Regional Parliamentary Front against Tuberculosis in the Americas launched in Brazil

16 Mar 2016
Regional Parliamentary Front against Tuberculosis in the Americas launched in Brazil

Unite to end TB

To help intensify the control of Tuberculosis, delegates from Brazil, Mexico, Peru, Uruguay, Nicaragua and Bolivia have formed a Regional Parliamentary Front Against Tuberculosis in the Americas. It aims to work closely with governments and civil society to promote assignment of financial resources for activities to end the disease, in the context of the new Global End TB Strategy and the Plan of Action for Prevention and Control of Tuberculosis 2016-2019 of the Pan American Health Organization (PAHO).

Brasilia, Brazil, March 16, 2016 (PAHO/WHO)—To help intensify the control of Tuberculosis, delegates from Brazil, Mexico, Peru, Uruguay, Nicaragua and Bolivia have formed a Regional Parliamentary Front Against Tuberculosis in the Americas. It aims to work closely with governments and civil society to promote assignment of financial resources for activities to end the disease, in the context of the new Global End TB Strategy and the Plan of Action for Prevention and Control of Tuberculosis 2016-2019 of the Pan American Health Organization (PAHO).

Unite to end Tuberculosis"If the governments and parliamentarians of the region of the Americas commit to implement integrated policies for the prevention and control of tuberculosis, as well as adequate financing, social protection for patients and access to high quality medications, in two decades we could end the disease", said Dr. Francisco Becerra, Assistant Director of PAHO/WHO, at the launch of the Regional Parliamentary Front, in the National Congress of Brazil.

The call to form this group was made by the Brazilian Parliamentary Front against Tuberculosis and by PAHO/WHO, in the context of World Tuberculosis Day, celebrated March 24 each year.

About 23,000 people died due to tuberculosis and 280,000 became ill with the disease in 2014 in the region of the Americas, estimates show. Although case detection has increased in recent years, an estimated 65,000 people were not diagnosed, making it difficult to achieve the goal of ending the disease.

PAHO/WHO is calling on all sectors to unite efforts against the disease. The experiences of parliamentary work serve as an example and a call to other parliamentarians in the region to become involved in the fight against tuberculosis. The recently launched Parliamentary Front will join with the Global Tuberculosis Caucus, which brings together parliamentarians from around the world to help achieve an integrated response.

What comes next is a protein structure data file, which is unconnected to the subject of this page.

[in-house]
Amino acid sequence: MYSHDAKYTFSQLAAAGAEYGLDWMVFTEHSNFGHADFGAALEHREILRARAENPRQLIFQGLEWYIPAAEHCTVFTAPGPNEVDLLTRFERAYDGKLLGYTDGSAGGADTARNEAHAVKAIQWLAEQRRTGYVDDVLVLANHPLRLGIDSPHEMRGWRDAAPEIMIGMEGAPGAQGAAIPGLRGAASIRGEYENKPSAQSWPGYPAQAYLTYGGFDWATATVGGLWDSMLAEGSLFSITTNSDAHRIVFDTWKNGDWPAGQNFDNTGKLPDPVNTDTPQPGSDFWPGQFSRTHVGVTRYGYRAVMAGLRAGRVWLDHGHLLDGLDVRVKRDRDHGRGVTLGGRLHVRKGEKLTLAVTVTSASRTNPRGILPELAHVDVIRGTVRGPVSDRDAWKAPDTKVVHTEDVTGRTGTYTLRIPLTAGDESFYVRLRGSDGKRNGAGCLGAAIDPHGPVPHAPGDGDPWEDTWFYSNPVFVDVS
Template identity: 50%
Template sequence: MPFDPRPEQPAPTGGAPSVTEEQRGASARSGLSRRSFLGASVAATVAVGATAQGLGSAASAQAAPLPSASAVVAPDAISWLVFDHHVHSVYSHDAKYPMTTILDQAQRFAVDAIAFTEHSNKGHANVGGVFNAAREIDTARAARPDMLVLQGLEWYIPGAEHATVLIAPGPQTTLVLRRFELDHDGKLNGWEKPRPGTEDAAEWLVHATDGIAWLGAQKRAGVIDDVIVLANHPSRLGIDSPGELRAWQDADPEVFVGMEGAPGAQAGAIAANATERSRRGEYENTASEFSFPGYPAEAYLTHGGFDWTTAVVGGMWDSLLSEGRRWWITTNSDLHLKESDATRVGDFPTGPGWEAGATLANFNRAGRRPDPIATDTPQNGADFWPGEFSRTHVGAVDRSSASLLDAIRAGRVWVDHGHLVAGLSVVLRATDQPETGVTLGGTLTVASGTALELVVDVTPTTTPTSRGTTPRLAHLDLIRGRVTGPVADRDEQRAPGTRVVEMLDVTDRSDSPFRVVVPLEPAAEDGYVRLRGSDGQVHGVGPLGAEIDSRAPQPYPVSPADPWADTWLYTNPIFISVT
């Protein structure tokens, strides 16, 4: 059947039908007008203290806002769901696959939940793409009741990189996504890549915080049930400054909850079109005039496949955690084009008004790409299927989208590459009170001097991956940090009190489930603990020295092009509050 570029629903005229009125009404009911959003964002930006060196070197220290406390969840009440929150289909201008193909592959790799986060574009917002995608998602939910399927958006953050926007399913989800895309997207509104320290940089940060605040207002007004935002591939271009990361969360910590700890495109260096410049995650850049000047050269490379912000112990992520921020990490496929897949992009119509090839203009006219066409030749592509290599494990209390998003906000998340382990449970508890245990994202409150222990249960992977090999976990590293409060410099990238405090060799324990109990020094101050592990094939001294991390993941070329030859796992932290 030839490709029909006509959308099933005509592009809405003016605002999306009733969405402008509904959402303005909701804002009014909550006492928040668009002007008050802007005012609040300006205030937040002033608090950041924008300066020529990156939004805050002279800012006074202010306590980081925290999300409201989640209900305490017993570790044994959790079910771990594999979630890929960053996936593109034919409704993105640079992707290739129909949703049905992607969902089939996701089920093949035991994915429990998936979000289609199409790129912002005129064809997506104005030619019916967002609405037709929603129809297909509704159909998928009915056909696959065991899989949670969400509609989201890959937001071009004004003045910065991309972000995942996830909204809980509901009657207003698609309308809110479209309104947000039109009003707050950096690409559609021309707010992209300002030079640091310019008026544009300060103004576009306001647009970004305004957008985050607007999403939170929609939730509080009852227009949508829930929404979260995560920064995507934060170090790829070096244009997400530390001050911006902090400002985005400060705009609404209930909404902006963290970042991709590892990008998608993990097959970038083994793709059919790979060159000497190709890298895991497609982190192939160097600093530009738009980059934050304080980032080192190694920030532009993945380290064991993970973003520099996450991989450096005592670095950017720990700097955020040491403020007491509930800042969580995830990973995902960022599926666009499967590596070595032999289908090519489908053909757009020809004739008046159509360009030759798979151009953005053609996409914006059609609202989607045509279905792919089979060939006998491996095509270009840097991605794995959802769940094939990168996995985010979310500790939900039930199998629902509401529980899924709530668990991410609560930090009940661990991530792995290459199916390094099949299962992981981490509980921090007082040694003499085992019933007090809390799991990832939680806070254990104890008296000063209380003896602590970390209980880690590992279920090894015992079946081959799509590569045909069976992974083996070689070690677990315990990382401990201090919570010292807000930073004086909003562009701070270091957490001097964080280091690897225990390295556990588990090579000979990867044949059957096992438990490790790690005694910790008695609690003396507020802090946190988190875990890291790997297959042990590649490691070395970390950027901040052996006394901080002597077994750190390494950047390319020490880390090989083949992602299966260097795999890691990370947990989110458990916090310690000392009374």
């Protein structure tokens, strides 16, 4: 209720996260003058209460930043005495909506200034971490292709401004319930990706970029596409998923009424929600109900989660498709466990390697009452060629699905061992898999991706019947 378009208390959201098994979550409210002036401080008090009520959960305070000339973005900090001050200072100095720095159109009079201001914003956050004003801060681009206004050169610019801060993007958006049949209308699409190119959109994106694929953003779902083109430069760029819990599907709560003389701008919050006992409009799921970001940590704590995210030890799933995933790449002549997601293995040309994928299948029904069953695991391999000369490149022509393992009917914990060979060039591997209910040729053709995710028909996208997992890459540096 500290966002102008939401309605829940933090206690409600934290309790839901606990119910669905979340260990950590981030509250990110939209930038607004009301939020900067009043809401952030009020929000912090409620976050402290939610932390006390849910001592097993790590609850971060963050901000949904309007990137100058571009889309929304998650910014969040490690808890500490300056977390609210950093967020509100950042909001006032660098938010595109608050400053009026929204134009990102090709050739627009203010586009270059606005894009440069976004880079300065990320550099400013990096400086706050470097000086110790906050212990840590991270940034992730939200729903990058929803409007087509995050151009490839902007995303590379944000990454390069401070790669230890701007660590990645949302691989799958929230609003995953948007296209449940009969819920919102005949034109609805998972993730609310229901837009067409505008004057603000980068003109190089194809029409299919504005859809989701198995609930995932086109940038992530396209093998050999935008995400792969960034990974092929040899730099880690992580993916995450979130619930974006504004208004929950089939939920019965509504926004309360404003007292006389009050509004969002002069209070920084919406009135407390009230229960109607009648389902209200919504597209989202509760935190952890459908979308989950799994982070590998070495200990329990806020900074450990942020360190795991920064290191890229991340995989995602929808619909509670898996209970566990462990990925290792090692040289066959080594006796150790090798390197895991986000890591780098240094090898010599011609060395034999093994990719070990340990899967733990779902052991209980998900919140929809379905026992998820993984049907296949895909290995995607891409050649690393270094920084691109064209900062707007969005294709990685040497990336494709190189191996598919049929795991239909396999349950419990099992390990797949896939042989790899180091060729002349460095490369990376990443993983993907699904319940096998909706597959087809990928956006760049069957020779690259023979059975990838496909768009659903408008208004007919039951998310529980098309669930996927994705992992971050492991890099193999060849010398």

The Regional Parliamentary Front has committed to follow a road map which includes:

  • Establishing national parliamentary groups to require that governments inform of their actions, monitor spending and work closely with civil society;
  • Position the issue of tuberculosis within other networks and political organizations;
  • Promote mainstreaming of the topic of tuberculosis;
  • Work with other parliamentarians to ensure that the response is global;
  • Promote the human rights of those affected by the disease;
  • Call on involved ministers to inform the Parliament on progress in the fight against the disease at least once a year;
  • Work with all involved partners and the Secretariat of the Global TB Parliamentary Caucus to monitor its progress.

Legislators in the Parliamentary Front currently include Antonio Brito of Brazil; Luis Enrique Gallo of Uruguay; Luz Salgado of Peru; Elías Octavio Iñiguez Mejía of México; Arturo Murillo of Bolivia; and Argentina Parrajón of Nicaragua.

Brazilian representative Antonio Brito said the Legislative Branch has a fundamental role to play in prevention and control of tuberculosis. Parliamentarians should evaluate and propose changes that guarantee the wellbeing of their citizens, looking for improvements in legislation in the areas of health, social assistance, urban development and housing, factors which favor the persistence of tuberculosis, he added.

PAHO/WHO promotes the implementation of the Plan of Action for Prevention and Control of Tuberculosis 2016-2019, approved by the Ministers of Health of the Americas at the PAHO Directing Council in October 2015. This plan recommends strengthening tuberculosis programs for prevention and early detection of the disease, as well as the implementation of new diagnostic technologies and research.

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The Pan American Health Organization (PAHO) works with the countries of the Americas to improve the health and quality of life of their peoples. Founded in 1902, it is the world's oldest international public health organization. It serves as the regional office for the Americas of WHO and is the specialized health agency of the inter-American system.

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